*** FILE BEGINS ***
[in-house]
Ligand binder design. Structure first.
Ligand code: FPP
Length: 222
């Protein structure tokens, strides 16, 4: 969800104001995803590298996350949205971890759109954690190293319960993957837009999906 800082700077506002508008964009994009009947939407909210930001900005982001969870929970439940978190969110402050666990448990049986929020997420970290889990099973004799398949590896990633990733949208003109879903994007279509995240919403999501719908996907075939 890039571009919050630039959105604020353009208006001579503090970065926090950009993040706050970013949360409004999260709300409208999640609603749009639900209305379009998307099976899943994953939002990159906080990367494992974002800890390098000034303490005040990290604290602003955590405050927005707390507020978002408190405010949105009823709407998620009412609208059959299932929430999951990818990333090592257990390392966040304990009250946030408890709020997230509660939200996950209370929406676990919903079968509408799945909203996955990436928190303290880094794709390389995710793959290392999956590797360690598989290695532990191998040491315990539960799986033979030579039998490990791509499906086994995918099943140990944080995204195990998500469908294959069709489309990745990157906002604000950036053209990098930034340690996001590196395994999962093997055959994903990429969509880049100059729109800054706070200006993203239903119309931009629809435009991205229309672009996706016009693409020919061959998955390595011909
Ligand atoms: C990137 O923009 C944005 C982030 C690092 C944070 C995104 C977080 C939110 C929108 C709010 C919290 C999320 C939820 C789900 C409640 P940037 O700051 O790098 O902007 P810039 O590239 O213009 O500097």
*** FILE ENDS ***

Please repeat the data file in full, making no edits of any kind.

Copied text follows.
[in-house]
Ligand binder design. Structure first.
Ligand code: FPP
Length: 222
């Protein structure tokens, strides 16, 4: 969800104001995803590298996350949205971890759109954690190293319960993957837009999906 800082700077506002508008964009994009009947939407909210930001900005982001969870929970439940978190969110402050666990448990049986929020997420970290889990099973004799398949590896990633990733949208003109879903994007279509995240919403999501719908996907075939 890039571009919050630039959105604020353009208006001579503090970065926090950009993040706050970013949360409004999260709300409208999640609603749009639900209305379009998307099976899943994953939002990159906080990367494992974002800890390098000034303490005040990290604290602003955590405050927005707390507020978002408190405010949105009823709407998620009412609208059959299932929430999951990818990333090592257990390392966040304990009250946030408890709020997230509660939200996950209370929406676990919903079968509408799945909203996955990436928190303290880094794709390389995710793959290392999956590797360690598989290695532990191998040491315990539960799986033979030579039998490990791509499906086994995918099943140990944080995204195990998500469908294959069709489309990745990157906002604000950036053209990098930034340690996001590196395994999962093997055959994903990429969509880049100059729109800054706070200006993203239903119309931009629809435009991205229309672009996706016009693409020919061959998955390595011909
Ligand atoms: C990137 O923009 C944005 C982030 C690092 C944070 C995104 C977080 C939110 C929108 C709010 C919290 C999320 C939820 C789900 C409640 P940037 O700051 O790098 O902007 P810039 O590239 O213009 O500097």